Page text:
With the two big comic book companies releasing their two biggest comic books, I’ve decided to give you the first of many Quick Comic Book Reviews. This week it’s all about Scott Snyder & Greg Capullo’s Batman and Jonathan Hickman & Esad Ribic’s Secret Wars. Though the reviews won’t spoil the single issues, already known facts from the series can be spoiled. Continue reading “Quick Comic Book Reviews – Week of August 12, 2015”
The following is a full written review of Batman (Vol. 2) #40 – Written by Scott Snyder, with art by Greg Capullo – Release: April 29th 2015.
This is it. Endgame’s final chapter. One of the sad things about the business of journalism is that some sites chose to reveal spoilers from the next issue online – and that sparked a debate. Some may have an idea of what’s about to happen going in, but I’m glad to say that this issue works. This comic book review is spoiler free – rejoice. Continue reading “REVIEW: Batman (Vol. 2) #40”
The following is a full written review of Batman (Vol. 2) #39 – Written by Scott Snyder, with art by Greg Capullo – Release: February 25th 2015.
The Endgame story of the New 52 Batman-run has been extremely entertaining, and we’re almost at the very end of it. Last month’s issue was great, and today we’ll go into Endgame Part 5 – as Batman seeks out a group from his past to clear his head, and make him understand just what the Joker is up to.
Let’s talk about the cover. I really like it this month. I wasn’t a big fan of the cover in #38, but I like the Joker-centric cover for #39. The chair of victims is extremely morbid, and befitting of the situation the Joker is in. Some may argue that this is another cover that is too simplistic, with not enough going on in the background – but I think that’s a very subjective issue to have with a comic book cover.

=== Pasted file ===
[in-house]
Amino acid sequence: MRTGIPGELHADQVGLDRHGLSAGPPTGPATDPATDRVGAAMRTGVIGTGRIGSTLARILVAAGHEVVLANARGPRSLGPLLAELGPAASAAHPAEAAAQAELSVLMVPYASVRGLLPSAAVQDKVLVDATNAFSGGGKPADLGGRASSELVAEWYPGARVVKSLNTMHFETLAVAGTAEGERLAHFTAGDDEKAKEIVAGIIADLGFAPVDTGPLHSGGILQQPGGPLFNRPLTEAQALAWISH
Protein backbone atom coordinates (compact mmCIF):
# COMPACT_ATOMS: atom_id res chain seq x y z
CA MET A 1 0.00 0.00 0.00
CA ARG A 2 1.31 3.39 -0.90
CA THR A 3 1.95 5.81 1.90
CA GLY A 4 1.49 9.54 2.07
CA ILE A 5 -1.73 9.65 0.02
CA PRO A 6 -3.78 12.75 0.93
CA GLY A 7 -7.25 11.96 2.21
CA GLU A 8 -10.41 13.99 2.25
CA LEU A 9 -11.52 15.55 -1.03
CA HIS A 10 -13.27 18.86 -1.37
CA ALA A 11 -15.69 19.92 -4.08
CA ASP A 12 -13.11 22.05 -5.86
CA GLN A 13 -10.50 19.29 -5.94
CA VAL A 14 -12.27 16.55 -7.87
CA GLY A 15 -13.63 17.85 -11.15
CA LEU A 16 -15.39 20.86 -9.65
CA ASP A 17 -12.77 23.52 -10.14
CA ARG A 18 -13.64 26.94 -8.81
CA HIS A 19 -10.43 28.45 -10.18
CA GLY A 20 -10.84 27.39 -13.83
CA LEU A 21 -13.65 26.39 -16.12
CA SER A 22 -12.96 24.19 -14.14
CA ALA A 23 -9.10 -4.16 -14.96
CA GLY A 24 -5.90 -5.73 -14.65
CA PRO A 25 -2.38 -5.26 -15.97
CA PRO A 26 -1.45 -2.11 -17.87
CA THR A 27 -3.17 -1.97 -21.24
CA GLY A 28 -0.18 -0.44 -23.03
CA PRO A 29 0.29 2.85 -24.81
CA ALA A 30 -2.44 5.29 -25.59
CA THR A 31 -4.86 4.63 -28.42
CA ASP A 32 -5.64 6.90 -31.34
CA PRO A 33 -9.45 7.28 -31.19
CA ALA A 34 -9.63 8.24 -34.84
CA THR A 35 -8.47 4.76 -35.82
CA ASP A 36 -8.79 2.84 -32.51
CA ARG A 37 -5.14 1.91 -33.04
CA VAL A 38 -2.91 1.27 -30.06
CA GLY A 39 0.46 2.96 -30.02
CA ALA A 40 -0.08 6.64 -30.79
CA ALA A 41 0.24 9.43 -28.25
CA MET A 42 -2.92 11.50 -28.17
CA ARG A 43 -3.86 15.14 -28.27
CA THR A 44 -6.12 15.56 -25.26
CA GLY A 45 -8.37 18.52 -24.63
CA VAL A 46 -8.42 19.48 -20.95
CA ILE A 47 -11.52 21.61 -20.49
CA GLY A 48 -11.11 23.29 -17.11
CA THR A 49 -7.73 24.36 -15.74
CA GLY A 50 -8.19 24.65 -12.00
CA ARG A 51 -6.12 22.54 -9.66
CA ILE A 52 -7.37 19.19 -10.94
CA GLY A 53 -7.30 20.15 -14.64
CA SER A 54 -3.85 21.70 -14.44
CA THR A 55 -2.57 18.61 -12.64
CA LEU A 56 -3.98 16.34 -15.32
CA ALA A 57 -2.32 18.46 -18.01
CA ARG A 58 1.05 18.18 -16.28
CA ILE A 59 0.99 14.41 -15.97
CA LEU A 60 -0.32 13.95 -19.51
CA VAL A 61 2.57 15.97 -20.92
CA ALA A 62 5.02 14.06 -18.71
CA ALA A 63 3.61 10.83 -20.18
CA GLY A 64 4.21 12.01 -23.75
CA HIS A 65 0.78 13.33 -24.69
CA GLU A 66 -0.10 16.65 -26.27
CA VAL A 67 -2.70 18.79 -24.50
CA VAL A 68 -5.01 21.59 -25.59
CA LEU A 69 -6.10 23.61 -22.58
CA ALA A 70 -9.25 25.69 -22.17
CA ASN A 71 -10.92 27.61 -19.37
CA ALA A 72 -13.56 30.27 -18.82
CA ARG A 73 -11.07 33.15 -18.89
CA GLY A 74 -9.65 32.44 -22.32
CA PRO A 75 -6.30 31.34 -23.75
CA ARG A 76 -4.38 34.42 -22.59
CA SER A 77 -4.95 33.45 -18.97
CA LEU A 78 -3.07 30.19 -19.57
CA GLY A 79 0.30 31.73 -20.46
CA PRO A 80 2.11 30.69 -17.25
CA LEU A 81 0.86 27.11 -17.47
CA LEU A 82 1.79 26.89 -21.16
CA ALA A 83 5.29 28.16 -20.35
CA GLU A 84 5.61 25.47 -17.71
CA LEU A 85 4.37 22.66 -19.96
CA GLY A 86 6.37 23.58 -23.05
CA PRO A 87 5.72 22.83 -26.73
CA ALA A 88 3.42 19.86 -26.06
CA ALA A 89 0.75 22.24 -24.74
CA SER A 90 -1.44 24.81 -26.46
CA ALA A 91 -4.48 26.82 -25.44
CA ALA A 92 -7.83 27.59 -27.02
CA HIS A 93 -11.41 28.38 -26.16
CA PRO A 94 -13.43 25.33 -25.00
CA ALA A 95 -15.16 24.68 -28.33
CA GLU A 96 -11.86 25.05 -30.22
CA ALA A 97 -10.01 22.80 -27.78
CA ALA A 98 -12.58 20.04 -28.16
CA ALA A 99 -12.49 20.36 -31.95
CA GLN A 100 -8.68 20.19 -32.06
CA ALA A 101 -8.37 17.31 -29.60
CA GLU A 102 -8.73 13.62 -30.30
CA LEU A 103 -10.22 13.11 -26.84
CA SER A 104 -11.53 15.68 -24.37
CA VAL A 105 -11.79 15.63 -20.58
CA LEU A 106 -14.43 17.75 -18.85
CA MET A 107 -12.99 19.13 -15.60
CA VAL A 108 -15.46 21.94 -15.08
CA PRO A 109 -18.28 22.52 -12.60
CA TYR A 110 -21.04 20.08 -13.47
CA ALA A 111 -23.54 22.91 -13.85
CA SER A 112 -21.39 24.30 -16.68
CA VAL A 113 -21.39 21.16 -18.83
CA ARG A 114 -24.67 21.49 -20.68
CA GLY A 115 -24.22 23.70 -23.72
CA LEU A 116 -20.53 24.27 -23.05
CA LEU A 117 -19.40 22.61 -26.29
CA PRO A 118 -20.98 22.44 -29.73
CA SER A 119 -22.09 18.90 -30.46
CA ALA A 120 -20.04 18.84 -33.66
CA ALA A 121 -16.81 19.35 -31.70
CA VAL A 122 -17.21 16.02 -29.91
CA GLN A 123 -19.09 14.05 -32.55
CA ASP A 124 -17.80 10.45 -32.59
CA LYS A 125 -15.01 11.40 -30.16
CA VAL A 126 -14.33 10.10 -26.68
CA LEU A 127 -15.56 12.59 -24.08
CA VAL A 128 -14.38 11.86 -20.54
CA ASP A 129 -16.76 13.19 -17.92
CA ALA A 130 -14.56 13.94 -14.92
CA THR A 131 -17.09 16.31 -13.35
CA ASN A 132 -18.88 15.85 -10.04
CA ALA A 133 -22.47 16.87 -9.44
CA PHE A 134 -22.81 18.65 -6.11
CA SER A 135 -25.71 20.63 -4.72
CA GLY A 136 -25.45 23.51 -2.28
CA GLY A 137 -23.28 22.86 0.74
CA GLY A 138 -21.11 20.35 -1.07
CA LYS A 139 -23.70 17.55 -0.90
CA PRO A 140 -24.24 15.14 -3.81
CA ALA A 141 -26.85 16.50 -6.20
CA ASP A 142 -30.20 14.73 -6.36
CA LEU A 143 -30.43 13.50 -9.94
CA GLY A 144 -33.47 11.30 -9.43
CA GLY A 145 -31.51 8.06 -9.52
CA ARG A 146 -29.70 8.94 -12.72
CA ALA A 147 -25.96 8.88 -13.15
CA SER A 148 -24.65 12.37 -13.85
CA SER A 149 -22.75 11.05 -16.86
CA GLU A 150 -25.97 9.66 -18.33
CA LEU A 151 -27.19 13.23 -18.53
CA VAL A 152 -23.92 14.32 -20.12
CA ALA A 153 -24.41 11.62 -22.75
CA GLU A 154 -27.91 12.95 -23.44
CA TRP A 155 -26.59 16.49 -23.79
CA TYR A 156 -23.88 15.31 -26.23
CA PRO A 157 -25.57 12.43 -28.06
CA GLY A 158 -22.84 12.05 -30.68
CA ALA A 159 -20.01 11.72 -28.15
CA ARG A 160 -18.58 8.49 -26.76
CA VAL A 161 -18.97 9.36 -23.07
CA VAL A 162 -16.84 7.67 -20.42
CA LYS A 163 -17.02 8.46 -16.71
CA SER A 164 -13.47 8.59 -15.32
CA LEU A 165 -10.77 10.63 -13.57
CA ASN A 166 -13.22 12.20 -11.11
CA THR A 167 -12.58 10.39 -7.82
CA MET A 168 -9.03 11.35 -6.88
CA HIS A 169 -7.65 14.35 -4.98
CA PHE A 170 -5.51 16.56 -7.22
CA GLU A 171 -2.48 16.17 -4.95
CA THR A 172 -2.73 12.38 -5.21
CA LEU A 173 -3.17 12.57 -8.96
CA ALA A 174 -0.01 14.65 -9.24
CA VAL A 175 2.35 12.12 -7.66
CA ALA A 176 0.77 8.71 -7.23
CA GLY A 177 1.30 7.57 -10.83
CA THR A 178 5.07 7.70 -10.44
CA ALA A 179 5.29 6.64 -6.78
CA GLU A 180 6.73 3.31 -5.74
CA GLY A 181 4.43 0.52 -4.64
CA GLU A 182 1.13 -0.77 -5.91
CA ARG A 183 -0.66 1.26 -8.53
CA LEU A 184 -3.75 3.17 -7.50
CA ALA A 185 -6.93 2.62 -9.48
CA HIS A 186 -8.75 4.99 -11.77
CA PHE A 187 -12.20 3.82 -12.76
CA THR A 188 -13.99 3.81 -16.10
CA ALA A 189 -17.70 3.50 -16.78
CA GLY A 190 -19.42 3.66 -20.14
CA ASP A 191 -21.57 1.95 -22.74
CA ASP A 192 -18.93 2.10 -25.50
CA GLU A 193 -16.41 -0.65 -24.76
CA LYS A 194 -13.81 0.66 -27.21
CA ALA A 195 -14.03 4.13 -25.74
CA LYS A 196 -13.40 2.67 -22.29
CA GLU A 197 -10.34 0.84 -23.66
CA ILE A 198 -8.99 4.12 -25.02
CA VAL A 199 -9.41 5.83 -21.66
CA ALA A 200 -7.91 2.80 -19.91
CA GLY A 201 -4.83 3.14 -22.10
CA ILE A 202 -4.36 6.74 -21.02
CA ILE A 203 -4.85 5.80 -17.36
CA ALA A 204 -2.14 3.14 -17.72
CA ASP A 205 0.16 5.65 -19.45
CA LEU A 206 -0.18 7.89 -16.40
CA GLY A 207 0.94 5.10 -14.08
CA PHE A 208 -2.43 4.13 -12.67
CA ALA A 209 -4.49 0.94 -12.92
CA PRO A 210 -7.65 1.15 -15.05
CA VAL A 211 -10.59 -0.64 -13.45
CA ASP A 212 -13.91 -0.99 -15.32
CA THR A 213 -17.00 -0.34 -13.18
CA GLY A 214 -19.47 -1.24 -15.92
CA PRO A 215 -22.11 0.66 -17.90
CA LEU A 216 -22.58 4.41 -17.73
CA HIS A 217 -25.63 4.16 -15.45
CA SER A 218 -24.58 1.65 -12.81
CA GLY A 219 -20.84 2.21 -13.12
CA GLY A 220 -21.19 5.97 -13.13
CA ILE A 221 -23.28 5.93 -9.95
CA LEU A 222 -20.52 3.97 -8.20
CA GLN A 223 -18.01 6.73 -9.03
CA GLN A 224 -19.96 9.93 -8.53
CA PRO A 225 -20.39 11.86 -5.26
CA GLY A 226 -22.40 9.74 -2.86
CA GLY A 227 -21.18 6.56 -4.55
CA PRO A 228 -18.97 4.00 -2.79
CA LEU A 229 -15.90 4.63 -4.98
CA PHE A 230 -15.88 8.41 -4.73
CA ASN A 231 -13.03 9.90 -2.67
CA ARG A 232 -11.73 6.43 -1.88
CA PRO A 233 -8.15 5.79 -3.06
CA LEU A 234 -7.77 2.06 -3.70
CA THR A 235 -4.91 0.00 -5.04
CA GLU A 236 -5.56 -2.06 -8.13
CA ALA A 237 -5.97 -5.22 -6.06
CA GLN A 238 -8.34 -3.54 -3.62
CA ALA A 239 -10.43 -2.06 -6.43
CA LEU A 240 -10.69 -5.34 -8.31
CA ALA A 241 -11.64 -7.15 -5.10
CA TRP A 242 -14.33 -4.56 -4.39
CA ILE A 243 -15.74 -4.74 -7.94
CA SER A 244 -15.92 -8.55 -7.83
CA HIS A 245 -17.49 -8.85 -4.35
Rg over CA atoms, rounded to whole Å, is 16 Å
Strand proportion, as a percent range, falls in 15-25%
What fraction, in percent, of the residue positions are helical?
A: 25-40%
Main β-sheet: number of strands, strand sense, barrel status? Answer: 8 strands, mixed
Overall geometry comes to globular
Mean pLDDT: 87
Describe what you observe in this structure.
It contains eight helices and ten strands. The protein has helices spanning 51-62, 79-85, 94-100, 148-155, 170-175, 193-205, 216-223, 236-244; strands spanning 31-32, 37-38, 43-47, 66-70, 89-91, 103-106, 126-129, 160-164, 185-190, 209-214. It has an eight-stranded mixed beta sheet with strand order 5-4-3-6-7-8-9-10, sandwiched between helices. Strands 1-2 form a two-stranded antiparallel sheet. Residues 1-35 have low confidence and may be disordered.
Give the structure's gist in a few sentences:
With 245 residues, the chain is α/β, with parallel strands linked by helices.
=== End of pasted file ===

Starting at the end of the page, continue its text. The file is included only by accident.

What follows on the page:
Warning – the following plot-summary contains spoilers.
Endgame Part 5 opens with the Caped Crusader having a chat with the Court of Owls, looking for their cooperation in finding this Dionesium and finding answers. Sadly, they refuse to cooperate – and an ancient Talon attacks The Dark Knight. He asks if the Talon remembers the Pale Man being around 400 years ago. We are not explicitly told the answer at this point. At this point we learn that the Joker has infiltrated the armory, and Alfred has taken him on – but is unsuccesful and his right hand is cut off. The World’s Greatest Detective finds out that the only way to get a cure, is to retrieve it from the Joker’s spine, and he seeks out help from the Bat-family…. and the antagonists of Gotham. As Wayne’s plan is set in motion, the A-Story for Batman #39 concludes.
If there’s one thing I didn’t like about the issue, it is how suddenly it ends. Just like that. Sure, I get that there’s one more issue – but for a monthly series, this issue isn’t really chock-full of things we’ll remember, and answers we need. We don’t get the answer about the Pale Man, we don’t see Alfred following his encounter with the Joker, and the story ends just before ‘the big bang’ of Endgame. This isn’t a filler story, this is an important one, but we find no answers in Batman #39.
The artwork in Batman #39’s A-story is spot-on as always. This issue is very graphic, there’s a lot of blood – and it’s not for everyone – but darn it, Capullo and the rest of the art team just does a perfect job once again. I would like to mention how perfect the final image in the A-story is. The Joker looks very much like Two-face here. See how on one side his hair is perfect, his face is clean – but on the other side his hair is gone, and his face looks rotten. Perhaps this is a hint. Perhaps the Joker is rotting right before our eyes – and maybe, just maybe, he eyed this as his very last trick. Maybe he knows that he, the Pale Man, is about to die, maybe that’s why he’s going all out this time.